Women were often looked down upon as being inferior in society along with African Americans. The role of women had changed once World War I had began, and they had become involved in the war effort. Document A state's 2.25 million women were engaged in war-related work, including 1.25 million in manufacturing. The war had opened numerous job opportunities of which women took full advantage of and as a result started earning higher wages. For the first time in the 20th century women were beginning to stand out in society and making their presence be known during a time in which the country needed them the most. The poster in Document A “For Every Fighter a Woman Worker,” illustrates that woman workers were able and ready to take on the job of a man who was leaving to fight in the war. The wartime efforts made by women developed a long term effect on society, and they soon achieved women’s suffrage after the war ended.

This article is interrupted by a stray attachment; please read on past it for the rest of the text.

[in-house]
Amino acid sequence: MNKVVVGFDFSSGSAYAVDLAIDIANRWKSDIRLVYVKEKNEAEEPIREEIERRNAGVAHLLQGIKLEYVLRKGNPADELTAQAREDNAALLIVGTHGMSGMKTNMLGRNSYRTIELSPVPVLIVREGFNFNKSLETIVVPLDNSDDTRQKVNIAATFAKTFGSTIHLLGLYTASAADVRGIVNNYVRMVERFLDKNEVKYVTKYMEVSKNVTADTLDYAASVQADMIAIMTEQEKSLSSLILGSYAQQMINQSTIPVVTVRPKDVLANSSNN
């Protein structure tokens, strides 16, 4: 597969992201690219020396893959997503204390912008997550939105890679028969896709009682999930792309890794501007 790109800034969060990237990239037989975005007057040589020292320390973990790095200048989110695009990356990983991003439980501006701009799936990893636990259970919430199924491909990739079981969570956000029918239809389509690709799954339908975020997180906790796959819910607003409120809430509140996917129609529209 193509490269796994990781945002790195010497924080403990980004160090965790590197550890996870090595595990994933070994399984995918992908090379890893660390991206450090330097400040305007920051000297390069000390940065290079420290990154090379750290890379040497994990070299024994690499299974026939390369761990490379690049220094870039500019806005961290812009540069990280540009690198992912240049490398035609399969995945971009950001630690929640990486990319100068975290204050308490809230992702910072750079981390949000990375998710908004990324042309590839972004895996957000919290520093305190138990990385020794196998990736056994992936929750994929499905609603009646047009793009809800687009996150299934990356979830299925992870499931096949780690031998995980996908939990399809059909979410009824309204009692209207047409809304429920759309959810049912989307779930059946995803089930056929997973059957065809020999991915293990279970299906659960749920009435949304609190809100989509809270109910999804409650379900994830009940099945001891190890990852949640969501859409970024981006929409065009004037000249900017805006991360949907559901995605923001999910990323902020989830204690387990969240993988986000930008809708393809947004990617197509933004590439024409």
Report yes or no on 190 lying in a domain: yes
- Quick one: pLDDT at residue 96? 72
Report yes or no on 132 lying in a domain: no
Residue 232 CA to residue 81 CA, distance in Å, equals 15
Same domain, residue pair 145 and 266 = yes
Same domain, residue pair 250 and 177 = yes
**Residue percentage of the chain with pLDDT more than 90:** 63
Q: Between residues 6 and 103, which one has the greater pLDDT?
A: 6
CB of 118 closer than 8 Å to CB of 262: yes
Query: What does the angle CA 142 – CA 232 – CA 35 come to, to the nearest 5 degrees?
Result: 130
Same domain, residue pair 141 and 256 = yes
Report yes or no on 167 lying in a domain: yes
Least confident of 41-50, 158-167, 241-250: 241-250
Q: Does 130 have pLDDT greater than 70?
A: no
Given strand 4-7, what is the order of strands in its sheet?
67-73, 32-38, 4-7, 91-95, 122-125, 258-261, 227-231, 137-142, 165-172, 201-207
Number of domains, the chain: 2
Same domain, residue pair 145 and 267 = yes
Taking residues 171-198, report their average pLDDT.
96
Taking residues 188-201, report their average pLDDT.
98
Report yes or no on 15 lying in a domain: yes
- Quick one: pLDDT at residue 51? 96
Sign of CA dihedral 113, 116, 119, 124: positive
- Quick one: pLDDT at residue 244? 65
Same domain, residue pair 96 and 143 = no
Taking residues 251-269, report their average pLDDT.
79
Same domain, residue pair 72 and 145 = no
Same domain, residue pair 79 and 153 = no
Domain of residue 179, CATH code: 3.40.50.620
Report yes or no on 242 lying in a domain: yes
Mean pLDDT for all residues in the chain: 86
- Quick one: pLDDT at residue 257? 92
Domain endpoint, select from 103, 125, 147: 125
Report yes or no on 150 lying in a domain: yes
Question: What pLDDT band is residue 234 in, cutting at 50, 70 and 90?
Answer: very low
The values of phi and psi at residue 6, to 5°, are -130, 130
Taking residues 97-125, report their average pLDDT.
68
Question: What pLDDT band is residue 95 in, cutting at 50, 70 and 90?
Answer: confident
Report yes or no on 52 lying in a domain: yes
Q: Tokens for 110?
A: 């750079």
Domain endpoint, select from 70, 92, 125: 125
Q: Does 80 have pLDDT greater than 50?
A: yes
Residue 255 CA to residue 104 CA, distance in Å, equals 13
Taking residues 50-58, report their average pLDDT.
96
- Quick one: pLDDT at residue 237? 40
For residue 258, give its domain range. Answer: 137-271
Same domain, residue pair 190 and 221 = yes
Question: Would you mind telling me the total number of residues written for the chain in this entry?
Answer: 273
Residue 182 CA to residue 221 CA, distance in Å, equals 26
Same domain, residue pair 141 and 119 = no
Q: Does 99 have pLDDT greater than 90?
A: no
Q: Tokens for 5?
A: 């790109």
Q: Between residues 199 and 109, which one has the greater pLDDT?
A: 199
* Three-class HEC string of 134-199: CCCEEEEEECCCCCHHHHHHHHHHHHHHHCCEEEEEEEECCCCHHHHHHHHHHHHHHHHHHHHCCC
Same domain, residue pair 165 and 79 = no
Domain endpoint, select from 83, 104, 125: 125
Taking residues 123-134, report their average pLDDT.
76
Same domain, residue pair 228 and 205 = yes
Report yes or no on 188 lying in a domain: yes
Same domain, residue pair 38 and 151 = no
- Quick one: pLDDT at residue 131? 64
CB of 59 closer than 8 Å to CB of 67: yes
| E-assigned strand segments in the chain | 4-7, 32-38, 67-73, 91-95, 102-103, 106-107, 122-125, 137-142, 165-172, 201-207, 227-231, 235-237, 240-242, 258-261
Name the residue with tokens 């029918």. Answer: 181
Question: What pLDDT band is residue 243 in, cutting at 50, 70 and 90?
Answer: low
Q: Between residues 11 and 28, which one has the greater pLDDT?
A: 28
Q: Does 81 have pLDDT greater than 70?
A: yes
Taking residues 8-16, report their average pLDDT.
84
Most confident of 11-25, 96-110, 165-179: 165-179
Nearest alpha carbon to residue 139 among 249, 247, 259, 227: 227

The wartime efforts of African Americans and women helped to further themselves in society. Document B shows segregation still seemed apparent in many cases through the colored only signs and the all black infantry. The country was still trying to